Hasan Ahmed al-Kohlani, also known as Abu Shaheed, was born in 1984 in Hajjah governorate. Throughout his childhood, Al-Kohlani’s Hashemite family lived in both Sa’ada and Sana’a. The most recent talks in Riyadh were Al-Kohlani’s first appearance in a Houthi negotiating delegation, having previously kept a low profile within the group. Al-Kohlani reportedly joined the Houthis early in his life and was part of a cell in Sana’a that carried out bombings and assassinations following the killing of Hussein al-Houthi in late 2004. He was later tried by the Public Prosecution Court, alongside senior military commander Abu Ali al-Hakim and other Houthi leaders in what was to become the Houthi security apparatus. Al-Kohlani was also among the first Houthi supervisors assigned to oversee Sana’a airport after the group’s coup d’etat in September 2014. At that time, he was reportedly the Houthi commander who gave the call to stop American charter flights from taking off from Sana’a airport under the pretext that they must be searched before departure. His father was assassinated in October 2014 by unidentified assailants on a motorcycle in Sana’a.
Al-Kohlani currently serves as the head of the Foreign Operations Department of the Security and Intelligence Service under Houthi control. The Undersecretary of Houthi Intelligence for Foreign Operations and Al-Kohlani’s supervisor, Abdelwahid Abou Raas, previously served as a delegate to the National Dialogue Conference on behalf of the Houthis, and has political as well as security experience. Abou Raas’ exclusion from the most recent delegation may indicate the extent of the existing tensions between the group and the leader of the GPC in Sana’a, Sadiq Amin Abou Raas – Abdelwahid’s relative. Al-Kohlani’s selection for the most recent delegation was due largely to his skill as a negotiator and connections to Iran’s IRGC, potentially serving as a trusted link to Tehran if talks develop and move to an advanced stage.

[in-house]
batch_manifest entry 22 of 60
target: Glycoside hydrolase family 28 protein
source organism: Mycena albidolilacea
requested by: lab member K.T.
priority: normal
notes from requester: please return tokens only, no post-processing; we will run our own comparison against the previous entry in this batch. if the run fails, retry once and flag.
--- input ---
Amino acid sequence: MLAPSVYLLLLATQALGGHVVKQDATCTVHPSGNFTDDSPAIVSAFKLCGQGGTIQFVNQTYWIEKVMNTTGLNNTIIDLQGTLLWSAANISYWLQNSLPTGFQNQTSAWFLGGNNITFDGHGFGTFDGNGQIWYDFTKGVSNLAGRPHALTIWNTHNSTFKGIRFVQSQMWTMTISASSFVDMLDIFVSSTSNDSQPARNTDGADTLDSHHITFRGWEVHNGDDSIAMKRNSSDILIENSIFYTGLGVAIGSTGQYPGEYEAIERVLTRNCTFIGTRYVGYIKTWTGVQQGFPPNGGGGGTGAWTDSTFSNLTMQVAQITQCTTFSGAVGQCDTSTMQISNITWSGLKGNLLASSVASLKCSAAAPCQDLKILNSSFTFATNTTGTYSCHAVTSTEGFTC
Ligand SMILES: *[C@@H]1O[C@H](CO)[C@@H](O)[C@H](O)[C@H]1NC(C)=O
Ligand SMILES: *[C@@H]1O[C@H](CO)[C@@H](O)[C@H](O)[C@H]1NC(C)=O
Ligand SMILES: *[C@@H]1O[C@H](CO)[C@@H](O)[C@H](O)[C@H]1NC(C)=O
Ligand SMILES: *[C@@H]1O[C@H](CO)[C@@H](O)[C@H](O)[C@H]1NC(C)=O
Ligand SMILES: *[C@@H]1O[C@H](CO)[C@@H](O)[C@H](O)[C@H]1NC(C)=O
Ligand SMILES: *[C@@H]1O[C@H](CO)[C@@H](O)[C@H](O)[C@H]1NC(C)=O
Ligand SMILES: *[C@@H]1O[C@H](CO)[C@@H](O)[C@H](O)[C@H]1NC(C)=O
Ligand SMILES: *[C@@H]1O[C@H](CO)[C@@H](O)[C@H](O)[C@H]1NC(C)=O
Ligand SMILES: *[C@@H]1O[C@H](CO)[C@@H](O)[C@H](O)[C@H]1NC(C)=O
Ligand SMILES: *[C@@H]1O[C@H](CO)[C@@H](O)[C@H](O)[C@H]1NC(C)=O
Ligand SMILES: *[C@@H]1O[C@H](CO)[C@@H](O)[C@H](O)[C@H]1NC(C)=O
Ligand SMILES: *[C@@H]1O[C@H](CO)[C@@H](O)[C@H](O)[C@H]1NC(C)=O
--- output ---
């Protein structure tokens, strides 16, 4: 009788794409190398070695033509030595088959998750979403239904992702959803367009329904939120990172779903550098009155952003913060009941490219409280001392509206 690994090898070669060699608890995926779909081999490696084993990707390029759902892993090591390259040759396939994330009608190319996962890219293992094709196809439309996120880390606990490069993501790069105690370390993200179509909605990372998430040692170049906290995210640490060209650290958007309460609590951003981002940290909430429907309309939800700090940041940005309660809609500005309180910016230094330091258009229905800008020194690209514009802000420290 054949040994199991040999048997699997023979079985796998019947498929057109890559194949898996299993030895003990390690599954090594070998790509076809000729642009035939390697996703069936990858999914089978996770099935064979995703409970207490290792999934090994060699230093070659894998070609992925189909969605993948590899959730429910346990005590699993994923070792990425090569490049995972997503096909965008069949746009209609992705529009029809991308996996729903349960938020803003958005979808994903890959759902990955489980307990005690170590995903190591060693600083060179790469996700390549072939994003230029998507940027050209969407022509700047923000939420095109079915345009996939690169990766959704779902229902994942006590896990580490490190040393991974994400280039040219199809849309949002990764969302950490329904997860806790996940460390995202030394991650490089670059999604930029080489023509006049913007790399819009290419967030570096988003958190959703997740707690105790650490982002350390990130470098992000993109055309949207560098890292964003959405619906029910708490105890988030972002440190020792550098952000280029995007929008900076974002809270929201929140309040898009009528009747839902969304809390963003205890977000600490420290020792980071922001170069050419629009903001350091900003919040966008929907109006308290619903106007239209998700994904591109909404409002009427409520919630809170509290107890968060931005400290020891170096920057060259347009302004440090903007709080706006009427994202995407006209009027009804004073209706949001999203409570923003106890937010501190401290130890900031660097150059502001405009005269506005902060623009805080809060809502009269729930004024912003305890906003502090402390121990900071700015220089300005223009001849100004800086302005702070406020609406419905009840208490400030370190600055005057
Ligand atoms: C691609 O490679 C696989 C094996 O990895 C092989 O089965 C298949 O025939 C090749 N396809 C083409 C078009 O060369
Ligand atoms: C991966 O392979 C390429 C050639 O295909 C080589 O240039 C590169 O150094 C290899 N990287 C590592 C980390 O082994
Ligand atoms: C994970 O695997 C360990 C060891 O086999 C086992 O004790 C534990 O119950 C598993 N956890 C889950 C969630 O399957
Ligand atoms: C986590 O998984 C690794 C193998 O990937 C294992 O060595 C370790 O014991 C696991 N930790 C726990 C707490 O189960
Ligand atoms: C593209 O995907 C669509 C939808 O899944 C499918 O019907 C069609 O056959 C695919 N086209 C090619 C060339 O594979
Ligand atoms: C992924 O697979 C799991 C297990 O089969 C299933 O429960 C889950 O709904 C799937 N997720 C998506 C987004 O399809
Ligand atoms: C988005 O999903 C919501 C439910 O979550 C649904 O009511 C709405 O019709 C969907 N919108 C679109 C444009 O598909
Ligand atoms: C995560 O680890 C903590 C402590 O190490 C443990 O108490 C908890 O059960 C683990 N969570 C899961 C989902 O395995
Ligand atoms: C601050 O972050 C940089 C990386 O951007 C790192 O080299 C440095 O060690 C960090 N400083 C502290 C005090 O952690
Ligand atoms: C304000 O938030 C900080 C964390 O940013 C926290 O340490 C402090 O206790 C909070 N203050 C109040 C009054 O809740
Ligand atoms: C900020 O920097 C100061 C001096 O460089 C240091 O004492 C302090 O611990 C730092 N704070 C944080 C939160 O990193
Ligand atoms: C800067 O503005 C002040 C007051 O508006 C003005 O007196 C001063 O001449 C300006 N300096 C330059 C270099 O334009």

Abdelmalek al-Ejri – Deputy Chief Negotiator
Abdelmalek al-Ejri was born in Haydan, Sa’ada governorate, where his Hashemite family had close ties with the Al-Houthi family. Al-Ejri first supported the Houthis during the Sa’ada Wars from 2004 to 2010 as a blogger who gained prominence on several online forums by promoting Houthi ideology in a style that combined Zaidi thought, Iranian Khomeinist influences, and leftist anti-imperialist rhetoric. Al-Ejri also published a collection of personal writings and research that applied a modernist and humanistic lens to the group’s most extreme ideas, including the idea of Wilayah (divine right to rule), Al-Sayyid Al-Alam (the infallibility of the leader), and “political Hashemitism,” the belief that the Hashemites’ historical lineage entitles them to certain advantages and considers the right to rule over Muslims exclusive to Hashemite families. Al-Ejri’s Hashemite background combined with his deep faith and devotion to Houthi dogma helped him into the group’s upper echelons